Author: Rabbi Avi Weiss
Publisher: Ktav Publishing, Hoboken, N.J.
In seven sections, Rabbi Weiss explains the nature and purpose of his Jewish activism. In doing so, he has produced a book that is both a textbook for Jewish activism as well as an exposition of some of his many exploits.
Weiss bemoans the fact that American Jewry proceeded too cautiously during World War II to save European Jewry during the Shoah. He feels that too often, we become our own victims. He recalls the famous joke wherein two concentration camp prisoners who are about to be shot by a firing squad are asked for a last request. When one of them starts yelling in protest, the other quietly admonishes him: “Shah, don’t cause trouble!”
Rabbi Weiss warns that while we cannot always immediately accomplish our objectives, a bit of “noise” will help alert our fellow Jews to imminent danger.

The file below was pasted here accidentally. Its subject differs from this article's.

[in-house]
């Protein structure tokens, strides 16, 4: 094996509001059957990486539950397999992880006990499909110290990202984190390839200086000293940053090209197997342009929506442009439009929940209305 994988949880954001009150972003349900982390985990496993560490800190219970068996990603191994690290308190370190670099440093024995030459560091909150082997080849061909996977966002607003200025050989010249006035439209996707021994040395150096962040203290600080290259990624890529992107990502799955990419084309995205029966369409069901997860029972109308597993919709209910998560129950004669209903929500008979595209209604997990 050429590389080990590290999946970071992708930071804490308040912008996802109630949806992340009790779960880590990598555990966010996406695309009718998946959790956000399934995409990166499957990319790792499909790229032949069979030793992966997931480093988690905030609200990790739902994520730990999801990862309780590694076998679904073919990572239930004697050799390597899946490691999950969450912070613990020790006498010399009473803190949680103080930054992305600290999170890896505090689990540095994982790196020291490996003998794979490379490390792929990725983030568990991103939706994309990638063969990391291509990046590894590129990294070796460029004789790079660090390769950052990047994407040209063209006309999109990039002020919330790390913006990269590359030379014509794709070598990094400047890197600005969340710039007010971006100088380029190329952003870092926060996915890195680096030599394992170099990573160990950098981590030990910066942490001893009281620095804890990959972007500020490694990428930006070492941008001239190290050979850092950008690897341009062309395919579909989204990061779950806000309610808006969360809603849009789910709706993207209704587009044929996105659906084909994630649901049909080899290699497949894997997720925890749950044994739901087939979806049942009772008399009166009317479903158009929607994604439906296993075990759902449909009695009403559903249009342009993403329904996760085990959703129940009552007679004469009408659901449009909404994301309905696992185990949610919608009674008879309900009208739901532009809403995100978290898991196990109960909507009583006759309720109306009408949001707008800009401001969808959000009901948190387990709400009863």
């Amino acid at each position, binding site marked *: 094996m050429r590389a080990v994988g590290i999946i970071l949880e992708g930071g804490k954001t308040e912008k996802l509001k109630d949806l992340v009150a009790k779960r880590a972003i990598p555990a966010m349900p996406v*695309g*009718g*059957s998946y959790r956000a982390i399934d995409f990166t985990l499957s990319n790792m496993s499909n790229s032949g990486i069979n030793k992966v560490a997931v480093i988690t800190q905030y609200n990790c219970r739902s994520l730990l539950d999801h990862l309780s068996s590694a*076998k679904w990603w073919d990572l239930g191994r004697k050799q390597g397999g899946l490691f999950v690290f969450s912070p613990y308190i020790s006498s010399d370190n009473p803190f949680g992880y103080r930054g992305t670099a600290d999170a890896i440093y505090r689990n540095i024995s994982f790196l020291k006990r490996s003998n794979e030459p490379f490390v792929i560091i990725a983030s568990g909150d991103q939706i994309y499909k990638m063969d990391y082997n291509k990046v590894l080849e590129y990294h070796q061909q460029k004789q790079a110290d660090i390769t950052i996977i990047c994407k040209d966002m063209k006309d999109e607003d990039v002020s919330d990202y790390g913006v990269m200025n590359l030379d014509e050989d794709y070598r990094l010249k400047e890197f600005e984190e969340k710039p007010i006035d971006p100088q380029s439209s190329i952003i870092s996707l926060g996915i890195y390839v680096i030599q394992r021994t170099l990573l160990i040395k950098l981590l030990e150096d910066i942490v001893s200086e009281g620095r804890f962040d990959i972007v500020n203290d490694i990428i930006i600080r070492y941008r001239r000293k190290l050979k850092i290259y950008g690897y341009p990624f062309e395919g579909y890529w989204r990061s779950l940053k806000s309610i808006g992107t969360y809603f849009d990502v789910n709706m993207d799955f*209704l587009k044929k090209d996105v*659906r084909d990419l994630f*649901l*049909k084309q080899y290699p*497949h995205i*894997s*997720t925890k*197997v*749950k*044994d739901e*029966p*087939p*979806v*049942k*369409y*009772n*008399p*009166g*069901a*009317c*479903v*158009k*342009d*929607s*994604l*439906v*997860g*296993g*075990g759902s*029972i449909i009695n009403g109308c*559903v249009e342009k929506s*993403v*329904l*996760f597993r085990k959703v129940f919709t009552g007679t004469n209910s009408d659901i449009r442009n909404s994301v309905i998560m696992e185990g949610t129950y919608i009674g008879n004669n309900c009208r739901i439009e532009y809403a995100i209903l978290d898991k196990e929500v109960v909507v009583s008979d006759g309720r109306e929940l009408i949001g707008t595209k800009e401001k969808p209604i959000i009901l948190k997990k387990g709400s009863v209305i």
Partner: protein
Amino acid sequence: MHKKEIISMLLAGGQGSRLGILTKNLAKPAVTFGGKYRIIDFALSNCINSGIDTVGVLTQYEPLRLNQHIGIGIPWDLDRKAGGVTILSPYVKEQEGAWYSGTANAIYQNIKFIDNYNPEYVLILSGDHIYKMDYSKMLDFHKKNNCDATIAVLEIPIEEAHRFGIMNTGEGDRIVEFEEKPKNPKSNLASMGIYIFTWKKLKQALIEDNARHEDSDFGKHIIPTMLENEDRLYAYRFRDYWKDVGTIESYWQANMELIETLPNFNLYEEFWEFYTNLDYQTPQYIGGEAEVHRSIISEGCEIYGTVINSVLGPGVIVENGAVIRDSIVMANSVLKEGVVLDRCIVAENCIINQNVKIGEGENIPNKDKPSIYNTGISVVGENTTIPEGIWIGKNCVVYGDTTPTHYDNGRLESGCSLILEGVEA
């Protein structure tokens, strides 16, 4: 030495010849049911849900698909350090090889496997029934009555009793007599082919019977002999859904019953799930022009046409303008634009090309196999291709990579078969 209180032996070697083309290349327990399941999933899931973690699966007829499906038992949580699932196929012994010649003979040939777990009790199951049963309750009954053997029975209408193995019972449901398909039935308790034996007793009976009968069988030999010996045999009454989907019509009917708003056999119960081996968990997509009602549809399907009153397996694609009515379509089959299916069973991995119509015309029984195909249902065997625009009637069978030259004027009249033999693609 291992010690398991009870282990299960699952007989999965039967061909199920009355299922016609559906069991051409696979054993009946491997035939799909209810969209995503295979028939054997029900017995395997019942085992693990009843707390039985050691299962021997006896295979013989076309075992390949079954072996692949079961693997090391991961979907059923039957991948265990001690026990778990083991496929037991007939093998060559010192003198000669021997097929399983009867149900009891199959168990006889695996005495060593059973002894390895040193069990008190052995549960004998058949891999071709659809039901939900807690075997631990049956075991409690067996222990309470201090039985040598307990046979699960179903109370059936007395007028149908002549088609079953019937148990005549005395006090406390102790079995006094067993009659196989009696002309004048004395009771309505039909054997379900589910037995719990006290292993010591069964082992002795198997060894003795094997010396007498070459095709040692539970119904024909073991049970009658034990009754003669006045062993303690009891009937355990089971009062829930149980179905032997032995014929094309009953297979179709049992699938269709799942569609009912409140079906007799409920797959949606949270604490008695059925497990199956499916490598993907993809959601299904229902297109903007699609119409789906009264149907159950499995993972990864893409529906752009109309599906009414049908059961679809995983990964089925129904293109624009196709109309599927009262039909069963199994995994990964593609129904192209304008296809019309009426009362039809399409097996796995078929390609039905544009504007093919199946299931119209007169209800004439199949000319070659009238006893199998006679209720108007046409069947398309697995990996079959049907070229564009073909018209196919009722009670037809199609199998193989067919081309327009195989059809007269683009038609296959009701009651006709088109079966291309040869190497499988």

As he expresses in one of the essays, “Principle Eight,” very few congregational rabbis have been involved in activist causes. Most synagogues expect their rabbis to dwell only in the “spiritual realm,” and to leave activism to lay persons. He, on the other hand, feels that activism should be an integral part of the rabbinate, as when Rabbi Abraham Joshua Heschel marched for civil rights in Selma, Alabama, together with Martin Luther King, Jr.
Not everyone is blessed with a personality that can absorb abuse and invective, both from the targets of their activism and often from members of the Jewish community who disagree with activist behavior. Whether he is pursuing Nazis or advancing political causes, Rabbi Weiss acts as a conscience for those of us who are less public in our behavior. And indeed, history has proven the necessity of going public when shining a light of exposure can help defuse danger and ameliorate injustice to the Jewish community.
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